It is an illegal offense to flee to elude a law enforcement officer in the State of Florida, according to Florida Statute 316.1935. Fleeing to elude is a severe criminal offense, and you can be charged with a felony of the third degree. If you flee to elude a law enforcement officer under unsafe circumstances, then the matter at hand becomes more severe. Fleeing to elude a law enforcement officer can result in causing harm, serious bodily injury, death to another person, or property damage, which could get you charged with aggravated fleeing to elude.
Being charged with a felony is a serious matter that comes with various consequences and penalties. Upon paying any fines and serving your sentence, you will still have a criminal record that can have repercussions later in life. Unfortunately, you cannot have your criminal record erased, and it is something you will have to live with.
Here at The Law Place, we have a highly experienced team with a combined experience of over 75 years. If you are facing charges for a third-degree felony because of fleeing to elude a law enforcement officer, we are here to help fight your case. Do not hesitate to contact us for a free consultation at (941) 444-4444.
Defining Fleeing to Elude Under Florida Law
To be charged with a felony for attempting to elude a law enforcement officer, the judge must determine the below in order to prosecute:
- The scene took place on the roads within the State of Florida, and the offender was operating the vehicle.
- Upon request, the offender initially stopped but then willfully fled the law enforcement officer that pulled them over.
- Upon request of a law enforcement officer to stop and pull over by indicating so with their lights and sirens, the offender proceeded to drive away.
- After being asked to pull over and stop, the offender purposely proceeded to flee on foot or in their vehicle.
However, to be charged with the felony of aggravated fleeing to elude, which is more serious and will be persecuted as a felony of the second degree, the judge must determine the following:
- Upon fleeing to elude a law enforcement officer, they acted in a reckless manner by driving at an extremely high speed. The reckless driving could have led to property damage and or harm to others, causing serious bodily injury or death.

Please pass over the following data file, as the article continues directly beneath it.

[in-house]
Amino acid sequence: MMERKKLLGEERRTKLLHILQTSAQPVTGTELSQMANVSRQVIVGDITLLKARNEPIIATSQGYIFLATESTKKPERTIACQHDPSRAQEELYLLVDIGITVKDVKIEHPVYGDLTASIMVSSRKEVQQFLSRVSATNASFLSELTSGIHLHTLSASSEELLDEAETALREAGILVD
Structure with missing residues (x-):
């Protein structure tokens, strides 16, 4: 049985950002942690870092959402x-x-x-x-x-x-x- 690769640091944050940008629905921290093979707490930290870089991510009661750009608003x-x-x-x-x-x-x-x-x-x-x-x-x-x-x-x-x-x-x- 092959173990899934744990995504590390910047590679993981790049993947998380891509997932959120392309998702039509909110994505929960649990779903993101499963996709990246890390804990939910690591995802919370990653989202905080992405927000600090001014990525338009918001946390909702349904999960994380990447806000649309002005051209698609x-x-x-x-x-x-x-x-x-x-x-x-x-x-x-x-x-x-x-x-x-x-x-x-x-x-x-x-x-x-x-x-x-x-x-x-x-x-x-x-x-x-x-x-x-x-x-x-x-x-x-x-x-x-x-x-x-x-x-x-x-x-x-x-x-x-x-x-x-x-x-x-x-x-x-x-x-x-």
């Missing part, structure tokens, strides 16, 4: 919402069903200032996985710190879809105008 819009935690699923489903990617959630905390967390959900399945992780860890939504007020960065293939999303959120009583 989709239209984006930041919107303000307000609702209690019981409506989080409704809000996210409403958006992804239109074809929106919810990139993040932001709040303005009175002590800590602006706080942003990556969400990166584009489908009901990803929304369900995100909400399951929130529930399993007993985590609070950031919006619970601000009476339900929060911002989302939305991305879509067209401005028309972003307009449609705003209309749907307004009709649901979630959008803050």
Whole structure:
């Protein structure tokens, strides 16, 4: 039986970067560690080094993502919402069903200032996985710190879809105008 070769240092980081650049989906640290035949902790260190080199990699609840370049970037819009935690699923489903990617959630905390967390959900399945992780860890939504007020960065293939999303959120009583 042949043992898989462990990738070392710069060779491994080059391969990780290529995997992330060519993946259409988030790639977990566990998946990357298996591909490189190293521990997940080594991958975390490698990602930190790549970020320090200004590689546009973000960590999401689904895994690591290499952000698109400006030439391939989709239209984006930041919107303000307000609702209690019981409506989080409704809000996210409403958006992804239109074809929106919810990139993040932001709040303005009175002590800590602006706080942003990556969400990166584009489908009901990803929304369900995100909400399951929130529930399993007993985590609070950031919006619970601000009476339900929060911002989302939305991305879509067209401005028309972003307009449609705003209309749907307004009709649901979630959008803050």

- Or, due to fleeing to elude law enforcement officers at high speed, there was property damage and/or serious bodily injury or death.
In order for a law enforcement officer to stop a driver in the State of Florida, they must have the following in place:
- The officer must be driving a patrol vehicle that is clearly labeled and has the agency insignia on display.
- Their car sirens must be activated and flashing.
- They must be dressed in official law enforcement uniforms.
For a free legal consultation with a aggravated fleeing to elude lawyer serving Bradenton, call 941-444-4444
The Charges Accompanying an Aggravated Fleeing to Elude Felony in the State of Florida
If you are charged with fleeing to elude, this is a felony of the third-degree and would face charges of a monetary fine up to $5,000 and jail time of up to five years. But, if you flee to elude an officer in an aggravated manner, such as driving recklessly or at high speed, you will be charged with a felony of the second degree. If you are charged with a felony in the second degree, the penalties are more severe, and you could face the following:
- Fifteen years of jail time.
- Fifteen years on probation.
- A monetary fine up to $10,000.
- Driver s license revocation between one to five years.
However, if aggravated fleeing to elude then resulted in property damage and or serious bodily injury or the death of someone else, you will then be charged with a felony in the first degree. A felony of the first degree comes with the following charges:
- Compulsory jail time of three years.
- Jail time or probation for up to thirty years.
- A monetary fine up to $10,000.
- Driver s license revocation between one to five years.
In the eyes of the court, they will view this as disregard for the safety of yourself, the law, and others. The above outlines a generalization of the charges that accompany an aggravated fleeing to elude felony, but you may feel overwhelmed by this information. If so, we highly advise that you contact us here at The Law Place, where a criminal defense lawyer will aid you in making sense of it all.
Bradenton Aggravated Fleeing to Elude Lawyer Near Me 941-444-4444
Fleeing the Scene of an Accident in Florida